Thursday 15th April 2010, Porticcio, near Ajaccio, Corsica
Today has been spent in Ajaccio, capital of Corsica, an honour it shares with Bastia to the north-east of the island.
It's hard to appreciate that Ajaccio is only half the size of Exeter. It has a population of some 60,000 but is so spread out it seems far larger. The airport, on the sea shore, almost within the town, means that transport to and from the city has to skirt around it. Here too there are the trading estates, which lead to congestion when entering and leaving the city.
Everybody, it would seem, owns a car in Ajaccio. Everybody also appears to live in a flat. Thus the sandy seashore is lined by large blocks of modern flats and the streets are snarled solid with cars parked any which way. The flats hide some otherwise attractive streets of older houses, the roads lined by date palm trees. A number of these elegant houses have beautiful gardens fronting on to the streets where bright patches of bougainvillea and camellias encourage one to peer through the railings. Later in the season there will be scarlet hibiscus flowers and oleanders. Already today we were grateful for the shade offered by the magnificent palm trees along with the plane trees and figs.
The day has been full and interesting but something of a frustration. We wasted far too much time trying to find internet access. Everywhere was full of promises that came to nothing. After trying six different places we gave up and concentrated on enjoying what remained of our time in Ajaccio. Unfortunately many of the places we planned to visit were closed, in particular the Fesch Museum, which houses the largest collection of Italian art in France outside of the Louvre. It closed for restoration in 2008 and shows no sign of reopening in the near future. Cardinal Fesch was an uncle of Napoléon and a connoisseur of fine art. He amassed over 3,000 works by the Italian masters and bequeathed them to Ajaccio.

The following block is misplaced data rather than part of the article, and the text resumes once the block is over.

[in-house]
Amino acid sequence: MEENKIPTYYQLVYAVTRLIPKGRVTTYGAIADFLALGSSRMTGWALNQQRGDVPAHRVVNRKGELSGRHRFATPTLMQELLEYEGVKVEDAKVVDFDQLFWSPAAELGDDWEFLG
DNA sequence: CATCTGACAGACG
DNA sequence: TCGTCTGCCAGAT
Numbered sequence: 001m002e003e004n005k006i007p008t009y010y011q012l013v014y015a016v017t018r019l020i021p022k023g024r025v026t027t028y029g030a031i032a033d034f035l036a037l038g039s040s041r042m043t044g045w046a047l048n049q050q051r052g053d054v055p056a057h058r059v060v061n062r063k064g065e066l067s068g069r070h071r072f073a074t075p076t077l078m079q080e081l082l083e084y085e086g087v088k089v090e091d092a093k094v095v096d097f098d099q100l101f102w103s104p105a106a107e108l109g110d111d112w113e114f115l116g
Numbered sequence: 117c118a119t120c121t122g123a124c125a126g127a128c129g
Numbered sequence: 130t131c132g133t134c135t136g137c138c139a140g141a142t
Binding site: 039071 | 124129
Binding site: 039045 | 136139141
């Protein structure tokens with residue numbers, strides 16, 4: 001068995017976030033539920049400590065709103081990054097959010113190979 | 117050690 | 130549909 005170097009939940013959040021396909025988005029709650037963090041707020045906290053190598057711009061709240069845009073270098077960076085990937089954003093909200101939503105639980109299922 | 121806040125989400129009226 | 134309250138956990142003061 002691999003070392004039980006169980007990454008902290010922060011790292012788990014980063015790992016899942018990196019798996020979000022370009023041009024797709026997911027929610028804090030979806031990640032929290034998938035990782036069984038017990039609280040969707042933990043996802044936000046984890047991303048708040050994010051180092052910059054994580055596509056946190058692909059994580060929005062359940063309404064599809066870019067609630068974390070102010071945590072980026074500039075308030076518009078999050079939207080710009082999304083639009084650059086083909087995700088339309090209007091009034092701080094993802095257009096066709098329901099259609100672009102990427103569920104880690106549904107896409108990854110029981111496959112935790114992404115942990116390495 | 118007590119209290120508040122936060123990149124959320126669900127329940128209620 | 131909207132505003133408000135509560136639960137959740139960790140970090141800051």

Next to his palace stands the chapel where many of the members of Napoléon's family are buried - though Napoléon of course is at Les Invalides in Paris. Both his parents and several of his brothers – all appointed monarchs of various parts of Europe by Napoléon, lie buried there. His mother's tomb states quite simply that she was the "Mother of kings". Some accolade for an ordinary woman of modest means! Regrettably for us, this chapel was also closed to the public for the foreseeable future.
However, next to the chapel stands the public library! This was open! "So what" you mutter. Probably never have you seem a public library with quite such an amazing collection of rare and valuable books. Some 12,000 were confiscated from private collections in mainland France during the Revolution. Never too, are you likely to see such a library with so little sense of security! Even the two massive stone lions that guard the entrance had fallen asleep. We wandered in from the street into a deserted, long, high room, lined entirely with leatherbound tomes from floor to ceiling! On display was one of the eleven volumes of Blaeu's atlas of 1662. It was simply propped up there with a handwritten note asking visitors not to turn the pages!